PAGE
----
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Resources Act imposing intolerable costs, delays

Media Release Friday, May 11th, 2001

Resources Act and political interference imposing intolerable costs, delays

The administration of the Resource Management Act, and political interference in its procedures, is imposing intolerable costs on society and restraining economic growth, the Employers & Manufacturers Association (Northern) says.

"The Select Committee's report on the RMA shows society is being held to ransom without thought for the jobs and wealth creating options that careful and timely developments would allow," said Alasdair Thompson, EMA's chief executive.

"Political interference in the name of conservation, even by Ministers of the Crown, is making the situation worse.

"Whether it is the development of emissions-reducing transport infrastructure in Auckland, or the canal project in Whitianga, the costs of the applications, appeals and delays under the RMA are enormous.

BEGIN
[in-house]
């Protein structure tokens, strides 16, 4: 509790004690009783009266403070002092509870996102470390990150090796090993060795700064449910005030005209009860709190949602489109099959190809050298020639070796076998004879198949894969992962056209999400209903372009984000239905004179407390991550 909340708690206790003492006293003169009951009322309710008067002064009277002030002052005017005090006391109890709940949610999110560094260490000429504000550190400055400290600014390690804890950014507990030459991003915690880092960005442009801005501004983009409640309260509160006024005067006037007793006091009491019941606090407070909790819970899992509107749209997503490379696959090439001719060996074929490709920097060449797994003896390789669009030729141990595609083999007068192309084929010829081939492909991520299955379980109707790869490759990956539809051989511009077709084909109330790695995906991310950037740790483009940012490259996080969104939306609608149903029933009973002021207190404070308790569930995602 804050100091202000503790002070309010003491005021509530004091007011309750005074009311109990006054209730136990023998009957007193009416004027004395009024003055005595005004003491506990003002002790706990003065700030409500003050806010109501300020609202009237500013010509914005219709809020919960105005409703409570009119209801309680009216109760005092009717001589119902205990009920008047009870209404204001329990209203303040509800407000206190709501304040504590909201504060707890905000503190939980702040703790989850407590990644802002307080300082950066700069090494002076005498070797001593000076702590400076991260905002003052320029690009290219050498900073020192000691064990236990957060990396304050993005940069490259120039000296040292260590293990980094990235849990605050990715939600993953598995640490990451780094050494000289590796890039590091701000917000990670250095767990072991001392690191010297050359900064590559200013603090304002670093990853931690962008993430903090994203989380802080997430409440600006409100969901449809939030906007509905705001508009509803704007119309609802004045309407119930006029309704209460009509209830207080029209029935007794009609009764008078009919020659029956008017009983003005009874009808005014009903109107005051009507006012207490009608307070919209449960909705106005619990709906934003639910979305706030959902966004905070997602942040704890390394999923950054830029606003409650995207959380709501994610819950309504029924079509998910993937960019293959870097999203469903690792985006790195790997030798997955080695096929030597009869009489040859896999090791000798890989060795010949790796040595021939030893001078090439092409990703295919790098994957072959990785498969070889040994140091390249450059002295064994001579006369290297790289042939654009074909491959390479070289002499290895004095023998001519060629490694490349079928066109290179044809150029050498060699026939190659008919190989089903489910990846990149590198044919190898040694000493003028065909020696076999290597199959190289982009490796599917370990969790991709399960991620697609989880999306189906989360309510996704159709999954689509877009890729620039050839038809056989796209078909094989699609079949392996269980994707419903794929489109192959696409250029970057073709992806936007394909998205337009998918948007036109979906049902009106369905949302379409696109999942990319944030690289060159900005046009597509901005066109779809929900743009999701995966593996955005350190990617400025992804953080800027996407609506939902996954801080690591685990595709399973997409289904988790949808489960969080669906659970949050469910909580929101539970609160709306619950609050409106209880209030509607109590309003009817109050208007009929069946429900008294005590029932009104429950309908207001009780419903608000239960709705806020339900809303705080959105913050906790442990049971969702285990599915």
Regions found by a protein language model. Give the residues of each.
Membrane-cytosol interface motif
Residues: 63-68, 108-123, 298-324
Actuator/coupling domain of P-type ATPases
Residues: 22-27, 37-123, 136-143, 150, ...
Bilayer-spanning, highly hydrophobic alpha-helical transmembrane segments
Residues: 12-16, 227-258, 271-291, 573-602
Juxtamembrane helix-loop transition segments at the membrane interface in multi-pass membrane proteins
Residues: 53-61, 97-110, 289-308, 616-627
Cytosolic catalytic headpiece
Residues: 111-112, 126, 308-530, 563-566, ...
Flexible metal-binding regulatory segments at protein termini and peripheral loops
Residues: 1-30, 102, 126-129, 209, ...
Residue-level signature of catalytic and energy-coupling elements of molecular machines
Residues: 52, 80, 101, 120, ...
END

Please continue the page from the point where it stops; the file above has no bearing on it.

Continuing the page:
"Some litigants withdraw their appeals the day before court hearings simply to cause delays.

"In light of this sort of permitted behaviour it is scarcely noteworthy that the Environment Court has a backlog of 3000 cases. More resources for the Court and better management of them is essential. But surely we can devise more efficient process as well.

"It is wildly ironic that in one instance Deputy Prime Minister Jim Anderton has to intervene to fast track the RMA application for Sovereign Yachts, then the Conservation Minister Sandra Lee puts the kibosh on the Whitianga canal project after five years of RMA procedure and approvals.

"She did this under a totally false pretext. There is nothing in the Hauraki Gulf Marine Park Act 2000 that was not already addressed under the RMA.

"This smacks of political interference to cater to vested interest groups hiding behind the Minister's skirt.

"Investment in New Zealand to grow wealth and jobs will dwindle to nothing if procedures under the RMA are not accelerated, and politicians do not keep the interests of the wider community uppermost."

Further comment: Alasdair Thompson tel 09 367 0911 (bus) 09 303 3951 (hme) 025 982 024


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